May 11, 2024 8 min read

The Traveler, part II: Decisions, Decisions, Decisions: Where to Go; What to Take?

When you want to travel, how do you determine where to go? What to take? Here's some insight.

La Sagrada Família
The La Sagrada Família, under construction since 1882, is due to be completed in 2026

Since we are a new outlet to share traveler and nomad stories, welcome to, “From the Beginning: A Nomadic Tale,” the origin story from one of our writers, and how he started out his life on the road in 2019; at age 64. Norm Bour now has 43 countries behind him, over 50 in total, and is currently in Asia for the year. He’s going back to Square One with this ongoing series, to share how it began and how you might be able to do it, too. You can also check out his initial story and part I, just recently post.

At age 70, he and his wife have visited six continents, and you can learn more about them from their website, TravelYounger.com, and also his books, including Nomadic Life for All Ages, and his new one, The History and Magic of Northern Greece.


When you finally get to that “Yes, I’m going to do it!” place, the next questions include, “Where do I go, when do I leave, and what do I take?

Norm on the beach

If I asked 100 Americans (and I’ll start with my fellow Americans for now), where would they want to go, to move, to travel to, I think 70 percent would say one of the following countries:

  1. Italy
  2. Spain
  3. Greece
  4. Portugal
  5. France
  6. Mexico

Those countries seem to be fantasy lands for many of us, and we have seen scads of movies that show life in these exotic and historic locations.

In our particular case we were primarily driven by two things: weather, and budget, and we identified the region known as the Mediterranean Belt as our main choices.

From Portugal to Turkey was our sweet spot
From Portugal to Turkey was our sweet spot

Since I lived in Southern California, the Golden State with sun year ‘round, I knew I wanted warm(er) weather, and that eliminated several places. Mind you, in summer, most countries are warmish, but that’s all relative.

For me, of thin skin and thin blood, we wanted to stay over 50° F/ 10° C average most of the year. In Orange County, where I lived for 40 years, the temps would get into the high thirties, but it would not stay there. We rarely got frost or snow, but wearing a light jacket in winter was not a deal killer for me.

My wife, Kat, feels pretty much the same, but she is much less tolerant of HOT temps than I am. Humidity and heat I can handle, but I distain the cold.

As we looked at our destination options, and since we had spent some time in the Mediterranean a few months earlier, we picked Spain. We had navigated quite a bit of it the prior summer of 2018, when we trained from Barcelona to Madrid, then onward to Portugal south, then returned to Spain through Seville and Cadiz.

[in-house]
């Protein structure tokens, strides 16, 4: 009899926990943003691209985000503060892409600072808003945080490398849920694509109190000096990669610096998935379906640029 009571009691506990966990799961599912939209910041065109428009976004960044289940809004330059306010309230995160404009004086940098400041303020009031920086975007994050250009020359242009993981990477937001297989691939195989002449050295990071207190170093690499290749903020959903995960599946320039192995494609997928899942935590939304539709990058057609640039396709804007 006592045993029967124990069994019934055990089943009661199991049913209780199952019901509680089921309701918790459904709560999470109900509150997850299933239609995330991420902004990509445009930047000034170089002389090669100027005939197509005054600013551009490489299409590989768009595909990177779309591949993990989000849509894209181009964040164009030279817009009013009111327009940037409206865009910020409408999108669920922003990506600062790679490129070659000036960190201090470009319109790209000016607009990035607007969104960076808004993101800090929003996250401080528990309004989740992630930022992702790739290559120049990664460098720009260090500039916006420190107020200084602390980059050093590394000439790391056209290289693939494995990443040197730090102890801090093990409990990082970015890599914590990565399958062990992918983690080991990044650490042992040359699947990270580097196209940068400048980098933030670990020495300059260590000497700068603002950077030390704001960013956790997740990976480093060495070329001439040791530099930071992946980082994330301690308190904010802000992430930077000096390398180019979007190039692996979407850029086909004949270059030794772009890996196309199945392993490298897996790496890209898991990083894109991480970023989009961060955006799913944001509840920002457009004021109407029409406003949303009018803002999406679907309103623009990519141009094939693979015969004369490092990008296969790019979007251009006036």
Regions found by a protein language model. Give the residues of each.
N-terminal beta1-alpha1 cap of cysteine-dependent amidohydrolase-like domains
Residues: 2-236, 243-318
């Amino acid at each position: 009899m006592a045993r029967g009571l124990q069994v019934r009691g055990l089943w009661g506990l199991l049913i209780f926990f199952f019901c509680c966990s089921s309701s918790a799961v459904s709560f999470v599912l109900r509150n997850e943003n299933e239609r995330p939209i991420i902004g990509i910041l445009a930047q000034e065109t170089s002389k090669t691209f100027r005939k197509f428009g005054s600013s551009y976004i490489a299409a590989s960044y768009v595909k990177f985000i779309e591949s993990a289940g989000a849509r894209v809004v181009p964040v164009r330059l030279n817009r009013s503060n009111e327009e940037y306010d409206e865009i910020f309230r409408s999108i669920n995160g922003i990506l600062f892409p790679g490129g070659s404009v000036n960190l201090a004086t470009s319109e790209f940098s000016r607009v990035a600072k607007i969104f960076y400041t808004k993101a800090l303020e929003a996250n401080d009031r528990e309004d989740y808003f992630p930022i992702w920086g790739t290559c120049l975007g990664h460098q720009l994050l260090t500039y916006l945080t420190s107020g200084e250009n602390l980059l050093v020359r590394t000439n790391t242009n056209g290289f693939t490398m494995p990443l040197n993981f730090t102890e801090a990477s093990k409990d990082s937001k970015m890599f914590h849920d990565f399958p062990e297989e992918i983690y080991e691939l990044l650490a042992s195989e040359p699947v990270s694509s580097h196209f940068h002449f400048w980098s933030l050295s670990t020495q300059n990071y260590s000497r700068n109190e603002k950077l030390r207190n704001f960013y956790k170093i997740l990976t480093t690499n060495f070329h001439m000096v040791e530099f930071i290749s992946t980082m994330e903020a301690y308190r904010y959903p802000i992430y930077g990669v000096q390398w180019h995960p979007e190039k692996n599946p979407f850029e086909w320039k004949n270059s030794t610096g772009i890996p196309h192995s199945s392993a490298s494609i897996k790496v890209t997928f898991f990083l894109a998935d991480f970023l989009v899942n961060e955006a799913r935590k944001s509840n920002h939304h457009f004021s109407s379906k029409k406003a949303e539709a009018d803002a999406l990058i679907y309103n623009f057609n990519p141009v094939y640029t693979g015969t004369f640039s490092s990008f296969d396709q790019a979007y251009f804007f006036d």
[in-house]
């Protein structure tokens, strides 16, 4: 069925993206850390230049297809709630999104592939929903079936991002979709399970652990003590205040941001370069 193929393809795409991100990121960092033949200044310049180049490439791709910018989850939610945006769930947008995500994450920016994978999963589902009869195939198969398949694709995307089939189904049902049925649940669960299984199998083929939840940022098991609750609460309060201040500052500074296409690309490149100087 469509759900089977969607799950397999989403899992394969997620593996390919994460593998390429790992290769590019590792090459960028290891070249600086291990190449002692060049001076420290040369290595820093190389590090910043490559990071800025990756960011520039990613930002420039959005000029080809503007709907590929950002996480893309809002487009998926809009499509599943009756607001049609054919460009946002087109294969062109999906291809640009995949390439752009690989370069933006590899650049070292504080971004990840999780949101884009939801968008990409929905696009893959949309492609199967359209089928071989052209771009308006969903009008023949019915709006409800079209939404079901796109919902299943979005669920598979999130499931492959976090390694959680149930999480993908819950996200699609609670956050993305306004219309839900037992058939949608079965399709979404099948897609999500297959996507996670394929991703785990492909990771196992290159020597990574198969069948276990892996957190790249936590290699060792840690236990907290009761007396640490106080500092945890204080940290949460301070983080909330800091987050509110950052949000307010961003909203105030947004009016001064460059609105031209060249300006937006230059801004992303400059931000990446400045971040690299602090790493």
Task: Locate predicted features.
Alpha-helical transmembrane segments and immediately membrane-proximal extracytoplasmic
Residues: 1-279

From there we continued onward to the country of Gibraltar, back to Spain to Malaga, and finally, north to Barcelona. So, overall, we caught a lot of the coast, and for our first stop we wanted to stay near the water, so chose Valencia.

spain travel map

A town of about three quarter million people, it looked like a good place to start. It was on the water, and the cost of living looked reasonable. We found a good selection of AirBNB rooms and chose to rent a ROOM instead of an entire unit, one of the few times we did that.

Over the years we usually avoided shared housing and preferred our own place, especially our own bathroom. Our hostess was lovely and did not even live there, but her niece did, and since she was a full time nursing student with a job, we had much of the place to ourselves.

As we set our target for departure for the third week of February, and spring was around the corner, we didn’t think we would need “warm weather” clothing, and we really didn’t.

That meant no heavy jackets, boots, or shoes, and when we actually arrived in Spain we discovered that clothing was CHEAP, certainly by US standards. A $100 pair of shoes in the US was half that in Spain, and most everywhere we lived.

Between September of 2018, when we returned from our six week exploratory, and February 2019, the process was one of figuring out how to get rid of our belongings, and determining our short term plan. In California I had an apartment with furniture, but not excessive.

My leased auto was due to be returned, so car #1 was easy to get rid of, and Kat’s Prius sold very quickly. Full size computers, printers, bedding, kitchenware, etc…all were inventoried and assigned a price tag. And Kat excelled at this! We initially started getting rid of the stuff that wouldn’t be missed, and in the final few weeks held three weekends of garage sales.

That allowed us to eliminate almost everything, and whatever was left was designated to a Salvation Army type outreach. Truly, we were selling up until 48 hours before we left, and we had an agreement with the buyer of the bed that she could get it the day BEFORE we left, and we spent our final California night with our friend who would take us to the airport.